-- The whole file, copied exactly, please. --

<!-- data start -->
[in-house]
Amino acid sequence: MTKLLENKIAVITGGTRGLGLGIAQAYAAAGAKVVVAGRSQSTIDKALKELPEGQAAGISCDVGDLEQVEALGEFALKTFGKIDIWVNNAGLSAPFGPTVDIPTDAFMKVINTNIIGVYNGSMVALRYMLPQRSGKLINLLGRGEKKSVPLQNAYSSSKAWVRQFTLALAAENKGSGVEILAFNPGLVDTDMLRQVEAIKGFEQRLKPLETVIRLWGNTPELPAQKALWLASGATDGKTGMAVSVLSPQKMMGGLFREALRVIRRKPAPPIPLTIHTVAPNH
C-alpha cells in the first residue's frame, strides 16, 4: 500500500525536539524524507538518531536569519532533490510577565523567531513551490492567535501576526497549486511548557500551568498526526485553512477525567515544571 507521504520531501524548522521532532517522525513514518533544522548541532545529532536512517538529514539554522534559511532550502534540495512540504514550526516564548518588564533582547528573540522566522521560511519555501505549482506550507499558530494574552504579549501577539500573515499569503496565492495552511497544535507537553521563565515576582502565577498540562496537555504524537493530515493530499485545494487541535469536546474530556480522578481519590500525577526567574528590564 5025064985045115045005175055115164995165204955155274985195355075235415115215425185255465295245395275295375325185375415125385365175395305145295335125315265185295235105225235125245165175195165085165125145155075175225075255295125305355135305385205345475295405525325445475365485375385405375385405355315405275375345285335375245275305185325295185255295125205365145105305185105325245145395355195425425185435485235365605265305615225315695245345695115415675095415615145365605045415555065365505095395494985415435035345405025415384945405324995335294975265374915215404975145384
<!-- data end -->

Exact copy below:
[in-house]
Amino acid sequence: MTKLLENKIAVITGGTRGLGLGIAQAYAAAGAKVVVAGRSQSTIDKALKELPEGQAAGISCDVGDLEQVEALGEFALKTFGKIDIWVNNAGLSAPFGPTVDIPTDAFMKVINTNIIGVYNGSMVALRYMLPQRSGKLINLLGRGEKKSVPLQNAYSSSKAWVRQFTLALAAENKGSGVEILAFNPGLVDTDMLRQVEAIKGFEQRLKPLETVIRLWGNTPELPAQKALWLASGATDGKTGMAVSVLSPQKMMGGLFREALRVIRRKPAPPIPLTIHTVAPNH
C-alpha cells in the first residue's frame, strides 16, 4: 500500500525536539524524507538518531536569519532533490510577565523567531513551490492567535501576526497549486511548557500551568498526526485553512477525567515544571 507521504520531501524548522521532532517522525513514518533544522548541532545529532536512517538529514539554522534559511532550502534540495512540504514550526516564548518588564533582547528573540522566522521560511519555501505549482506550507499558530494574552504579549501577539500573515499569503496565492495552511497544535507537553521563565515576582502565577498540562496537555504524537493530515493530499485545494487541535469536546474530556480522578481519590500525577526567574528590564 5025064985045115045005175055115164995165204955155274985195355075235415115215425185255465295245395275295375325185375415125385365175395305145295335125315265185295235105225235125245165175195165085165125145155075175225075255295125305355135305385205345475295405525325445475365485375385405375385405355315405275375345285335375245275305185325295185255295125205365145105305185105325245145395355195425425185435485235365605265305615225315695245345695115415675095415615145365605045415555065365505095395494985415435035345405025415384945405324995335294975265374915215404975145384